Then, OCE turned to the issue of diesel buses throughout California, which more than a million kids rely on for daily transportation. California’s Proposition 65 requires businesses to disclose toxic chemicals in the products they purchase and the pollution they release into the environment. Prop 65 focuses on chemicals that have been clearly shown to cause cancer or birth defects or other reproductive harm. Diesel fumes from idling bus engines seep into the passenger area of buses and expose kids to a concentrated cloud of toxicity. Idling diesel buses are particularly horrendous, as kids often have no choice but to sit and wait on the bus while being exposed to dangerous pollution that can have direct health consequences, and the buses needlessly increase their greenhouse gas emissions at the same time.
OCE partnered with Environmental Law Foundation and Communities for a Better Environment to reduce diesel exhaust emissions from school buses throughout California. Our lawsuits targeted ten companies that operated the majority of the school buses in the state. The case settlements required that thousands of the dirtiest buses would be replaced or retrofitted to protect children’s health and comply with clean air laws. For buses that were not yet retrofitted, our case settlement required disclosure per Prop 65 in for form of large and conspicuous placards on each bus. The largest company among the defendants, Laidlaw Transit, eventually agreed to settlement terms totaling $34.9 million—a record for a Proposition 65 case—to cover the needed retrofits, buy new buses, and to compensate the plaintiff organizations for attorneys’ fees.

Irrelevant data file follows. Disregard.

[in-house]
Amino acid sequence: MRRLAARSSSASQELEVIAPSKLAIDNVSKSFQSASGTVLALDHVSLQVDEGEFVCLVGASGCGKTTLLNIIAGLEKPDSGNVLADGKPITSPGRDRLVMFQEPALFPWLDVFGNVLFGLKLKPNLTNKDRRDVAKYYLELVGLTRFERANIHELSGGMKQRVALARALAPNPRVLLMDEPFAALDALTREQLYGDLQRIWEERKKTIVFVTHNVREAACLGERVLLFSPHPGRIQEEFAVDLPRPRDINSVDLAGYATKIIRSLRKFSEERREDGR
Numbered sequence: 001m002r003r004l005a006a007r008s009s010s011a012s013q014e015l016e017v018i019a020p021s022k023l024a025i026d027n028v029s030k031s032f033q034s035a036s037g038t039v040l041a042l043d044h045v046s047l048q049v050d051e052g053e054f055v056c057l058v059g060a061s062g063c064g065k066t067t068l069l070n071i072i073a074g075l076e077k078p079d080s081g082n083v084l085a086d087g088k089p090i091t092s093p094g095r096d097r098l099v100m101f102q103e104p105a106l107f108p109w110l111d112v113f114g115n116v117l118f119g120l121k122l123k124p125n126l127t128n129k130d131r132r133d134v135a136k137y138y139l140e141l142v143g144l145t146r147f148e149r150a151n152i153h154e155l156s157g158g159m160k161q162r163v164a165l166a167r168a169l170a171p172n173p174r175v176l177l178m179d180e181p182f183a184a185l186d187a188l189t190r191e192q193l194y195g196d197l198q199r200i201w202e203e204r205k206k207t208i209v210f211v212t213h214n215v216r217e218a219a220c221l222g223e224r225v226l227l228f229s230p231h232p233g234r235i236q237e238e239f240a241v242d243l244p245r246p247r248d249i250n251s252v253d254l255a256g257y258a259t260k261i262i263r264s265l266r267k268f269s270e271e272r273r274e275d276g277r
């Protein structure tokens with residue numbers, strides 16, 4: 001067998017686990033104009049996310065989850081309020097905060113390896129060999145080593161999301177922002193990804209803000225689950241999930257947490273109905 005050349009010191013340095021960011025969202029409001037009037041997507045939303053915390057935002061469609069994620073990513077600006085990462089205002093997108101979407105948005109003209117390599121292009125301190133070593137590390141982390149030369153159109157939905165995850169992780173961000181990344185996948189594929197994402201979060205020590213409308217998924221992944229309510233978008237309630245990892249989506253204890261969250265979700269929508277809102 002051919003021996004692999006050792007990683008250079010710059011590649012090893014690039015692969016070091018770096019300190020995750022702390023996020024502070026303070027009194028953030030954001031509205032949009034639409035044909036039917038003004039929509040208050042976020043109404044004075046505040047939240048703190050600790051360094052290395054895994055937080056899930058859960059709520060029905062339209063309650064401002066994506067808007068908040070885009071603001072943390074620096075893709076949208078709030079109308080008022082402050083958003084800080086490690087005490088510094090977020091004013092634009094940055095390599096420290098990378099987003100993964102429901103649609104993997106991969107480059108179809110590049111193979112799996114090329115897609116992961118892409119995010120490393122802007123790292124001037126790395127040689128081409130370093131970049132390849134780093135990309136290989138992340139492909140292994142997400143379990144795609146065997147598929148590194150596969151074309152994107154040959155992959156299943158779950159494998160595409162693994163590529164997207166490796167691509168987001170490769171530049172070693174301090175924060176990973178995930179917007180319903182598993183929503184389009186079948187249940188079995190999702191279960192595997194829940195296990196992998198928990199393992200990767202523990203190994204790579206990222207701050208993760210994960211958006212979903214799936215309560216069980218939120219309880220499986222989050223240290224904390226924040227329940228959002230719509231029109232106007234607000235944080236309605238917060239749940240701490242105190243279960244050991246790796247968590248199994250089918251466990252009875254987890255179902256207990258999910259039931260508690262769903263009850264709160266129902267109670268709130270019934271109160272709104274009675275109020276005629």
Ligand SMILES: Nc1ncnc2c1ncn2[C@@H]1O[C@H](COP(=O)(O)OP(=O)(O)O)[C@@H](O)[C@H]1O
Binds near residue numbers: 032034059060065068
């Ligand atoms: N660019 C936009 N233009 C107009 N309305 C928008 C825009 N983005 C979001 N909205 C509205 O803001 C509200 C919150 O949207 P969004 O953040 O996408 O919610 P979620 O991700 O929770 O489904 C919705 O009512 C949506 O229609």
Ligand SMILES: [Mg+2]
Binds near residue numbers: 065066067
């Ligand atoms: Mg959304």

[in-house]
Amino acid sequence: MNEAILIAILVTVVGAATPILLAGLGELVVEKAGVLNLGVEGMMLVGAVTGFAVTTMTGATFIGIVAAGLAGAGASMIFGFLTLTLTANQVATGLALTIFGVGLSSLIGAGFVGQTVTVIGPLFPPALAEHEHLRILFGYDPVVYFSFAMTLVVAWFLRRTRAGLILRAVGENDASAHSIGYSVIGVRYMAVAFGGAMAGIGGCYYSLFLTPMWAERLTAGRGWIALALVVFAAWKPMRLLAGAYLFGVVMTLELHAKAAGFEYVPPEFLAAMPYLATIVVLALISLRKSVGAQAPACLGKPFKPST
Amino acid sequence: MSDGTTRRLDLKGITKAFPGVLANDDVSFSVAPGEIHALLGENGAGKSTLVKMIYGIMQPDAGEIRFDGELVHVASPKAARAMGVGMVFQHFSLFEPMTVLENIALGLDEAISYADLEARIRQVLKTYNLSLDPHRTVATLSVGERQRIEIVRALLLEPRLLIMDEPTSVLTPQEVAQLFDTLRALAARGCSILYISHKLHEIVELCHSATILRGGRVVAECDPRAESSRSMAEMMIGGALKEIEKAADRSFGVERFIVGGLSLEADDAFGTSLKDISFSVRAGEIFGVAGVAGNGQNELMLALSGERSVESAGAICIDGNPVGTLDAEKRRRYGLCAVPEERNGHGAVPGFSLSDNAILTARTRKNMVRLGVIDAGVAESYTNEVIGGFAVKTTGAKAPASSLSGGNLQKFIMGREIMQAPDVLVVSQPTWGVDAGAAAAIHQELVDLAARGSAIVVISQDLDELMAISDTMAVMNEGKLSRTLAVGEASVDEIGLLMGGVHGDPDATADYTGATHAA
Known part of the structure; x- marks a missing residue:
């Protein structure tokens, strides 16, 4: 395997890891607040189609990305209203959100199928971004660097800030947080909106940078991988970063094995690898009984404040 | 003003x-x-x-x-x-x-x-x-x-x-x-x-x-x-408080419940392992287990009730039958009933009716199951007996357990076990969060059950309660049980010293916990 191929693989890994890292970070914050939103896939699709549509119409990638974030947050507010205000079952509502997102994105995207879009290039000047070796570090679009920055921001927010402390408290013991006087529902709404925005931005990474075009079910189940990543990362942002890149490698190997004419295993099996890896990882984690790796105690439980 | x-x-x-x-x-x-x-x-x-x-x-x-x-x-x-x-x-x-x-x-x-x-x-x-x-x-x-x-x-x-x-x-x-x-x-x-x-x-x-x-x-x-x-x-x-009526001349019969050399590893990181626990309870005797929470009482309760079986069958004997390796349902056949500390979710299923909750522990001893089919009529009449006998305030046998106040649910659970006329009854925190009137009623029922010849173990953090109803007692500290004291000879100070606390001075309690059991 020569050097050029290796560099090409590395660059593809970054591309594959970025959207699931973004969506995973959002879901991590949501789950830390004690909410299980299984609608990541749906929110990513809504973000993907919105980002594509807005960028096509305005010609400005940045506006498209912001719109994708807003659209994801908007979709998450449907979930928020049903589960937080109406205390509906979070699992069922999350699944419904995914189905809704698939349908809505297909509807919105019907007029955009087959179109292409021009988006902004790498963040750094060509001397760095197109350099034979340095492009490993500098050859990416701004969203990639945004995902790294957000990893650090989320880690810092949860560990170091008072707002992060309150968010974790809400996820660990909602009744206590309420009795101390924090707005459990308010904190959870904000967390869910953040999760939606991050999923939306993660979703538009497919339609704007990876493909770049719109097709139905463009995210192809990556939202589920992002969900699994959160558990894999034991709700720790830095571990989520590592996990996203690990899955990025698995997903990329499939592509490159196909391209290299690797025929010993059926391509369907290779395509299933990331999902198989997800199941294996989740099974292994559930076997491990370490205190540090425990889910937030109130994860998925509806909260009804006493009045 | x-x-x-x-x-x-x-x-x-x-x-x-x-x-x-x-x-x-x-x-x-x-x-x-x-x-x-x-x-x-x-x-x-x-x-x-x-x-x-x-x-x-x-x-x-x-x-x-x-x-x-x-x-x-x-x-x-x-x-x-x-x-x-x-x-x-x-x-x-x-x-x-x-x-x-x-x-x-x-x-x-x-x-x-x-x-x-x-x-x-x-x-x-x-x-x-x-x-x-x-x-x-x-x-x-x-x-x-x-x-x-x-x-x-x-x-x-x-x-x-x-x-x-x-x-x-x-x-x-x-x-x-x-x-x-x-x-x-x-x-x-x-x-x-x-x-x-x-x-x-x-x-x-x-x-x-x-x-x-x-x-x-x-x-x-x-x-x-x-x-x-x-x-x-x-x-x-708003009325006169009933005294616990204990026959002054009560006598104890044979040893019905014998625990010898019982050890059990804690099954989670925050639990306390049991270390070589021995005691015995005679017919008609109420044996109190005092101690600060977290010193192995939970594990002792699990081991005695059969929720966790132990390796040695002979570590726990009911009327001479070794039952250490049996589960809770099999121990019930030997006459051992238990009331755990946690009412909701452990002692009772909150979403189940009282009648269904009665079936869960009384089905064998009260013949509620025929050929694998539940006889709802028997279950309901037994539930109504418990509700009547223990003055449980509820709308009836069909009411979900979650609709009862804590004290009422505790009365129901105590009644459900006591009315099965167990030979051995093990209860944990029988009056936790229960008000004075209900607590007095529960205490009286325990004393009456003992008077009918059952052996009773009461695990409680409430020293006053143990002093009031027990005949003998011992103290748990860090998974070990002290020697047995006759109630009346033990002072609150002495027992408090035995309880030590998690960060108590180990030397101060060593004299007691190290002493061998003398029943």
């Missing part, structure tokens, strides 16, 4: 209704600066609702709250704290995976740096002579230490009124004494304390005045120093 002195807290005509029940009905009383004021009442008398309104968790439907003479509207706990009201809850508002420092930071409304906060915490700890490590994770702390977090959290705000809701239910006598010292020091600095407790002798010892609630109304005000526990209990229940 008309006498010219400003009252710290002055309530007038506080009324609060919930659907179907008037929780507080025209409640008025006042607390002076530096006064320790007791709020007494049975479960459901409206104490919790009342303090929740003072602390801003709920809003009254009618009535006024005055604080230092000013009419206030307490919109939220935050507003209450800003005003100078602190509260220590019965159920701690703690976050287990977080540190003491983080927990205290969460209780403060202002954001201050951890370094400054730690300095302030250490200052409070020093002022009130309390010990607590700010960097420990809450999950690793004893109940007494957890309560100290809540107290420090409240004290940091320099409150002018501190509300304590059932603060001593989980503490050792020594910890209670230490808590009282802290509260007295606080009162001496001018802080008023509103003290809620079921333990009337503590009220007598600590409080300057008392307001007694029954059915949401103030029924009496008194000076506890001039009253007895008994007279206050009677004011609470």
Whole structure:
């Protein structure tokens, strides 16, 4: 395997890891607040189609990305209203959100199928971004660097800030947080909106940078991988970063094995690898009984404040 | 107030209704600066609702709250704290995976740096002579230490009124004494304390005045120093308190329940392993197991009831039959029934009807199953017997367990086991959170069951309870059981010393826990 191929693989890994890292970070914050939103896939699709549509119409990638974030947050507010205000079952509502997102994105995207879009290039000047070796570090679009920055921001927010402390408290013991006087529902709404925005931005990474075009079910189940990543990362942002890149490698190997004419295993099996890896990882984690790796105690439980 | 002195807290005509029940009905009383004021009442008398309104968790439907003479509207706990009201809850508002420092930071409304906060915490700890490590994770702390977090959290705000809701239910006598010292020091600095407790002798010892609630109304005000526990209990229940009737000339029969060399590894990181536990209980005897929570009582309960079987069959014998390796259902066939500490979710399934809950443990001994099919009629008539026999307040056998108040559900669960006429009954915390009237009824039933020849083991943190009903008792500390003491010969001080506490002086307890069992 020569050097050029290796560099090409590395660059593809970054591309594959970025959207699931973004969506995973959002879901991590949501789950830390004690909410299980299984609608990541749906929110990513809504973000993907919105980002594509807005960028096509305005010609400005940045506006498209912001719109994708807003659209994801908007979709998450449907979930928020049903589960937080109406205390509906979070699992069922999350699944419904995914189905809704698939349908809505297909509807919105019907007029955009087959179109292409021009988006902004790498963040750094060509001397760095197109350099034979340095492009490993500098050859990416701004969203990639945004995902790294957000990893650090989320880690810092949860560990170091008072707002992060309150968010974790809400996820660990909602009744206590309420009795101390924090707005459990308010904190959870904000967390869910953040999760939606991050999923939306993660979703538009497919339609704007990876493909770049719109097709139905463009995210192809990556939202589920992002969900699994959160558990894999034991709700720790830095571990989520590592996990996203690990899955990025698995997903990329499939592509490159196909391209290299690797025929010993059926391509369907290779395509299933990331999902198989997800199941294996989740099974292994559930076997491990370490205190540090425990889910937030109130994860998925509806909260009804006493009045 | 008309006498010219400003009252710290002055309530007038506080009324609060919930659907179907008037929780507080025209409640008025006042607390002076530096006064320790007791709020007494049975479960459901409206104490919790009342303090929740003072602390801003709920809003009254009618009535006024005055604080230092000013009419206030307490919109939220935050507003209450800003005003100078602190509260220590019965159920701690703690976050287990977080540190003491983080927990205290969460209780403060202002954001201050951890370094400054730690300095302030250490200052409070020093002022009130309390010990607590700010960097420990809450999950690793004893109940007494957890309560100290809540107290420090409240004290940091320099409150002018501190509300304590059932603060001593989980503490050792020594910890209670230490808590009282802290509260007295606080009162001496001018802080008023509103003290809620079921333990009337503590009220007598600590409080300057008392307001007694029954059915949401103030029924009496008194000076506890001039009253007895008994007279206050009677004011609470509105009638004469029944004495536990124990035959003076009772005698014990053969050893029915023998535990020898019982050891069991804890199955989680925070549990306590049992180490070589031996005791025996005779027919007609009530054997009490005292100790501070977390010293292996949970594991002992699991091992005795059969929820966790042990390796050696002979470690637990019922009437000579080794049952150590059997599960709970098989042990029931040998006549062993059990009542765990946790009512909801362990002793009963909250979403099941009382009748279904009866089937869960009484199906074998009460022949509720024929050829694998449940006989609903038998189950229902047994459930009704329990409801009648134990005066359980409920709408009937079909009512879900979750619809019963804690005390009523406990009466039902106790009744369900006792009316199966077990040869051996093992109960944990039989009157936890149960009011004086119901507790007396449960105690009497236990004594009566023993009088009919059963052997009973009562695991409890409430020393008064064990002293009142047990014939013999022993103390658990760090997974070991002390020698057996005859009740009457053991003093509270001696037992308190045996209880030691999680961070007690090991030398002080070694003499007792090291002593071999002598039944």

In 2001, the Bay Area Air Quality Management District and U.S. EPA entered into a backroom agreement with Mirant Potrero Power Company to provide power from “peaker” units that exceeded hourly operational limits allowed by law. Peaker units burn oil, making them extremely dirty generators of energy in terms of pollution output. These units are designed to operate only during peak demand, and are equipped with little or no pollution control. Pollution from peakers poses serious health risks to people who live and work in surrounding areas.